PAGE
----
Why Most Game Changing Tech is Disappointing

Why most so-called "game changing" technology turns out to be nothing more than a huge disappointment.



Every month brings with it word of a new innovation, a new invention. This is an exciting time to be alive and the kid in me is very happy with all of the changes taking place in this industry and with what could be around the corner. But then reality strikes, I remember the last time I heard about something big and exciting and I realize that most of this talk and this excitement will never amount to anything worthwhile.

Here’s why:

It Sounds Better Than it is

I used to read a lot of gaming magazines. I remember how they would hype up certain games by getting the developers to talk about them. The developers would discuss new technologies they were bringing to the games and make it sound amazing. If you were young and relatively inexperienced, you could easily be drawn into this hype, believing that this game was going to be amazing.

But if you have any experience in this industry you know that such claims are being made all of the time and they rarely result in anything ground breaking.

I can not count how many times I have heard about third- and first-person shooters (as an example) introducing new tech, new ways to make these games more immersive. Yet I can only think of one time when such an innovation actually resulted in something noteworthy and that was Red Faction, a game that allowed you to destroy everything in sight.

Not too long ago there was an FPS (which shall not be named) where the developers discussed all of these great weather effects and AI tricks, things they hyped like crazy to make the game sound groundbreaking. When it was released, it played just like any other FPS and it was just as disappointing.

Immersion is Style over Substance

Virtual reality sounds great in theory, but in practice it doesn’t quite work. The immersion is lost when you have to wave stupid wands around and use a point and click method to walk your character forward. The head movement can be matched, but only with limited graphics and the risk of motion sickness.

The same goes for AR. It aims to make the game slightly more immersive by connecting it with reality and creating a bridge where there should be none. Immersion is about becoming absorbed in a game played on a screen in front of you, it’s not about switching between two screens and constantly making the jump between reality and virtual. 

In theory, virtual reality is amazing and is the next big leap that games can make. In reality it’ll likely cause all kinds of issues. Distraction from cell phones is already one of the leading causes of truck accidents, car crashes and even walking accidents, imagine how insane the world would be if everyone was walking around and driving around lost in some AR or VR world.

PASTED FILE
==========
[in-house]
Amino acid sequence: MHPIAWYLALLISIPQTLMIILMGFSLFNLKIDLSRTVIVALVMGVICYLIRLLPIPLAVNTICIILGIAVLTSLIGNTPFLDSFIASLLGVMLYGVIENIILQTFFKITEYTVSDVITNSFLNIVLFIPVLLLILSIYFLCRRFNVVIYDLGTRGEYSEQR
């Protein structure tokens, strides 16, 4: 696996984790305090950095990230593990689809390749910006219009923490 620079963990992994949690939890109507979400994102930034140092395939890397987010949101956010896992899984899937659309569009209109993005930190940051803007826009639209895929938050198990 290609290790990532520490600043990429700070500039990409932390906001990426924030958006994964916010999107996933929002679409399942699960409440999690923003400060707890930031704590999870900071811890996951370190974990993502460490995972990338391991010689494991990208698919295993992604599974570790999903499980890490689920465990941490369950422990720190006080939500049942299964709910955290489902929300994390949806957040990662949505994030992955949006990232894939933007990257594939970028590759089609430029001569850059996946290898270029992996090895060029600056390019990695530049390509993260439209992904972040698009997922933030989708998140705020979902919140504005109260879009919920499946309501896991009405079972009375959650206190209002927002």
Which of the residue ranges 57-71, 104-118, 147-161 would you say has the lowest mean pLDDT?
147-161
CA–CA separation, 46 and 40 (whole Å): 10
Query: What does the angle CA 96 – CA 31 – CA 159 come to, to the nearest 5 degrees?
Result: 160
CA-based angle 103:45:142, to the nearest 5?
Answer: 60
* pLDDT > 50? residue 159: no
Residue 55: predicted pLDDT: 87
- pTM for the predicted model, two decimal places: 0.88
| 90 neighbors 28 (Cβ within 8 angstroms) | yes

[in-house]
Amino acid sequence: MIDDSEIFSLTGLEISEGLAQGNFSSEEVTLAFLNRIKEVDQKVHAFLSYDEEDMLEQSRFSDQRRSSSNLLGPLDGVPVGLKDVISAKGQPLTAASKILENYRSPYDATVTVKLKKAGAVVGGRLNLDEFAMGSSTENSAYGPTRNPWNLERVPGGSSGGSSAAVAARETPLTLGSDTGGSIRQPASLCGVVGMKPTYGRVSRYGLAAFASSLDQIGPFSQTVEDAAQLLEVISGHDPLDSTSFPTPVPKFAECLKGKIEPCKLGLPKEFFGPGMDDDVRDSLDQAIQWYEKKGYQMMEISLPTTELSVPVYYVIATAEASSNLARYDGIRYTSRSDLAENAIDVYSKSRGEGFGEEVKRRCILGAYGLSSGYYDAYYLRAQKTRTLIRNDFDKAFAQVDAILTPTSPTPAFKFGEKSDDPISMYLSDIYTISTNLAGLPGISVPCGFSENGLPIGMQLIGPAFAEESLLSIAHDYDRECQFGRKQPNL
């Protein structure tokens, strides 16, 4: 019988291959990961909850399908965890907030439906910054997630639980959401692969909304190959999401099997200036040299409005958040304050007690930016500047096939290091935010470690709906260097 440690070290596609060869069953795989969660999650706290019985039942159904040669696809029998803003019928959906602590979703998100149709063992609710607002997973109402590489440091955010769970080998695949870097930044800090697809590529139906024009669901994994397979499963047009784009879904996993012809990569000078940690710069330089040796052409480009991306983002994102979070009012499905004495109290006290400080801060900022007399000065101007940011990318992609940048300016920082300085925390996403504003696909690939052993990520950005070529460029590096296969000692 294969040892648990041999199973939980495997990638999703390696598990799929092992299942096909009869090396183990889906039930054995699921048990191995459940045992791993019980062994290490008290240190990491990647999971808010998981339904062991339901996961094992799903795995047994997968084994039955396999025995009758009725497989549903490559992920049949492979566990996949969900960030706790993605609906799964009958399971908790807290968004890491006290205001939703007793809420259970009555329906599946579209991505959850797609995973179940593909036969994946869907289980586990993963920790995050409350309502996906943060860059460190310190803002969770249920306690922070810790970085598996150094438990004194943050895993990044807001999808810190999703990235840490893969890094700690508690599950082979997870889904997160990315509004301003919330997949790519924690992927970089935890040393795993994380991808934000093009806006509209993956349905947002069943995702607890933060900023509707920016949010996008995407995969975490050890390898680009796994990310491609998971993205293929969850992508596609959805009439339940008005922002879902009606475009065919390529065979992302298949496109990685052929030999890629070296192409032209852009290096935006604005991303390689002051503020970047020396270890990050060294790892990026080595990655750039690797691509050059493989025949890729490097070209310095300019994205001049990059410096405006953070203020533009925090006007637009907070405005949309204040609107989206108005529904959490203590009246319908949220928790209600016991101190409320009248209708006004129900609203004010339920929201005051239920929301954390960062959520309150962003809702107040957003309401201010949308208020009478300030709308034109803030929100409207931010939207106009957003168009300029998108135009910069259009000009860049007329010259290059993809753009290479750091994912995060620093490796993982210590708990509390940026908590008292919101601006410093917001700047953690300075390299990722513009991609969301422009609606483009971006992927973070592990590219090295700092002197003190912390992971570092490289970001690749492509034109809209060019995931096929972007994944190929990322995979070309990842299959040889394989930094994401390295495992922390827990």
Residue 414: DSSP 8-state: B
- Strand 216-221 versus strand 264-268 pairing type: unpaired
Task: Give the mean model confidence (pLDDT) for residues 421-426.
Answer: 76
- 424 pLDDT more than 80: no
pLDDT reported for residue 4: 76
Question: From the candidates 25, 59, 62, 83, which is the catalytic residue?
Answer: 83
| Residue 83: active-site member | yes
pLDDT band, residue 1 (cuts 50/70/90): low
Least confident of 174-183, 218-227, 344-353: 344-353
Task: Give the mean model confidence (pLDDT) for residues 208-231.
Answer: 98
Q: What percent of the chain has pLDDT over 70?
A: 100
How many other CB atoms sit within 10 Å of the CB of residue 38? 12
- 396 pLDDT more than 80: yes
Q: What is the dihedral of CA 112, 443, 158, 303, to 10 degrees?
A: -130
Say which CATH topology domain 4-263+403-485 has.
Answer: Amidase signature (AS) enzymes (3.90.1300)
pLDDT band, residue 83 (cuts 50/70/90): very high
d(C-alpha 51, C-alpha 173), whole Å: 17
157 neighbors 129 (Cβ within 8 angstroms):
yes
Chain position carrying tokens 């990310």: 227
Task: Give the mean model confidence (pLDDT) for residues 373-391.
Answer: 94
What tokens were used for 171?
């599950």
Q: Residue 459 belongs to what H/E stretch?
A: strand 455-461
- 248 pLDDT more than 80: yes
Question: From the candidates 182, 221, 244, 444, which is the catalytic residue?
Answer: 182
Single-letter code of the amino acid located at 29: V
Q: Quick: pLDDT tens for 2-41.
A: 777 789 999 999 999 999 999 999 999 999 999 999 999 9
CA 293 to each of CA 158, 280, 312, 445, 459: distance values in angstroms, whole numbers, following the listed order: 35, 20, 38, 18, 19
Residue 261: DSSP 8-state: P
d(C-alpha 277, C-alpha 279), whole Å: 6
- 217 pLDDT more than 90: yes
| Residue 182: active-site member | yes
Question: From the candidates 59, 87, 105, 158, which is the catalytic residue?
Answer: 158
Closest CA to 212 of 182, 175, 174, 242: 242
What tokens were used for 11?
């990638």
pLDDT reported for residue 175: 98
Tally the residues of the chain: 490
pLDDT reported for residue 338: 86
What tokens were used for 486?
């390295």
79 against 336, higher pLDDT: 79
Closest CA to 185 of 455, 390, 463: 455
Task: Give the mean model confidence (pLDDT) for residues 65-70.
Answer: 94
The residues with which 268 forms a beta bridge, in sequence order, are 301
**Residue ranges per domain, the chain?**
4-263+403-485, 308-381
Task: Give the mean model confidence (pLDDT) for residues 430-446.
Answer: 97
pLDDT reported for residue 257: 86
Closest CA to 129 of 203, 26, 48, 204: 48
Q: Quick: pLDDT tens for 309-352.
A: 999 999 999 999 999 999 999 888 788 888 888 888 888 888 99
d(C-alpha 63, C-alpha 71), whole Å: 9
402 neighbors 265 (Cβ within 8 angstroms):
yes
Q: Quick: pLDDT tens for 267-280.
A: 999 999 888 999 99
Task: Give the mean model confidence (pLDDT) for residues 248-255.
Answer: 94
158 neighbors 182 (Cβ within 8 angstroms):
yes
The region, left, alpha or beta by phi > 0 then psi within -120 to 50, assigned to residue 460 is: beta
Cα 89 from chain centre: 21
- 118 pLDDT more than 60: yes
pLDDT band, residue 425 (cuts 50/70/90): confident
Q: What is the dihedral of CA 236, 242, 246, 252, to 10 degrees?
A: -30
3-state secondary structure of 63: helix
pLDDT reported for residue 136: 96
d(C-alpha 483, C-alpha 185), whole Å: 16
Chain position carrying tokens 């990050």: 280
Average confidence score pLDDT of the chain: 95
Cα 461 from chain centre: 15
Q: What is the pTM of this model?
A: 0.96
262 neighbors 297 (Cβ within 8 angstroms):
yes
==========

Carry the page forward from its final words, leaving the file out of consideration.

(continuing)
I can’t help but feel that the majority of the human race is just not prepared for that. If they can’t avoid walking off the edge of a cliff or directly into traffic while messing about on their phone, they shouldn’t be allowed anything like this.

They Lie

No Man’s Sky was supposed to be one of the biggest game projects ever undertaken. It was an open world game where there were limitless universes, creatures, weapons and more to explore and at the centre of it all was this huge, amazing twist of an ending. It was supposed to turn the gaming world on its head and teach us all new things about the industry.

In the end it taught us one thing, “Game designers lie”. And it became one of the biggest jokes in gaming.

They made everything up. Maybe they had the intention to implement those ideas at one point or another, but they definitely didn’t have them at the time they claimed they did and they weren’t there in the finished product either. The end was a cop-out, the game was nothing that it promised to be and instead of being a huge selling game-changer, it bombed instantly.

They rarely have the power to do the things they claim. A lot of time they claim to have created a game that far surpasses anything that console and PC tech can do. They claim to offer advanced open worlds that no console can actually store and advanced sound that no PC sound card can play (see Speaker Digital). In the end we get a mess like Too Human. And that game should never be repeated.


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